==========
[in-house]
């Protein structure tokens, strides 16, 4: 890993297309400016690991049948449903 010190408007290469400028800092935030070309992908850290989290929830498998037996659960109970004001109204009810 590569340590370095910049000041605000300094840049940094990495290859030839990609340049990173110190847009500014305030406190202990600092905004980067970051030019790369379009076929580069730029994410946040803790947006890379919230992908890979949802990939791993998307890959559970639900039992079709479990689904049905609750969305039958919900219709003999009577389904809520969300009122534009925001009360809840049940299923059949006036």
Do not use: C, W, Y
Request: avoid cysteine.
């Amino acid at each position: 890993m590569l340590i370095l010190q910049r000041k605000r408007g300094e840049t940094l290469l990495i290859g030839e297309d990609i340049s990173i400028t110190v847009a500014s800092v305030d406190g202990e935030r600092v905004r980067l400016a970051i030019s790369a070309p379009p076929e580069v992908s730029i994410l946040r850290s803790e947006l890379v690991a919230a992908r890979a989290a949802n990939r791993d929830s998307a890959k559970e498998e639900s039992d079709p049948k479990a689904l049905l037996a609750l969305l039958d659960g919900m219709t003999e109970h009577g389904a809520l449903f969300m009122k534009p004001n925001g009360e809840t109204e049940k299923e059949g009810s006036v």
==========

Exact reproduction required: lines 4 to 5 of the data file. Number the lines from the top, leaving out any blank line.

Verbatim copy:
Request: avoid cysteine.
């Amino acid at each position: 890993m590569l340590i370095l010190q910049r000041k605000r408007g300094e840049t940094l290469l990495i290859g030839e297309d990609i340049s990173i400028t110190v847009a500014s800092v305030d406190g202990e935030r600092v905004r980067l400016a970051i030019s790369a070309p379009p076929e580069v992908s730029i994410l946040r850290s803790e947006l890379v690991a919230a992908r890979a989290a949802n990939r791993d929830s998307a890959k559970e498998e639900s039992d079709p049948k479990a689904l049905l037996a609750l969305l039958d659960g919900m219709t003999e109970h009577g389904a809520l449903f969300m009122k534009p004001n925001g009360e809840t109204e049940k299923e059949g009810s006036v």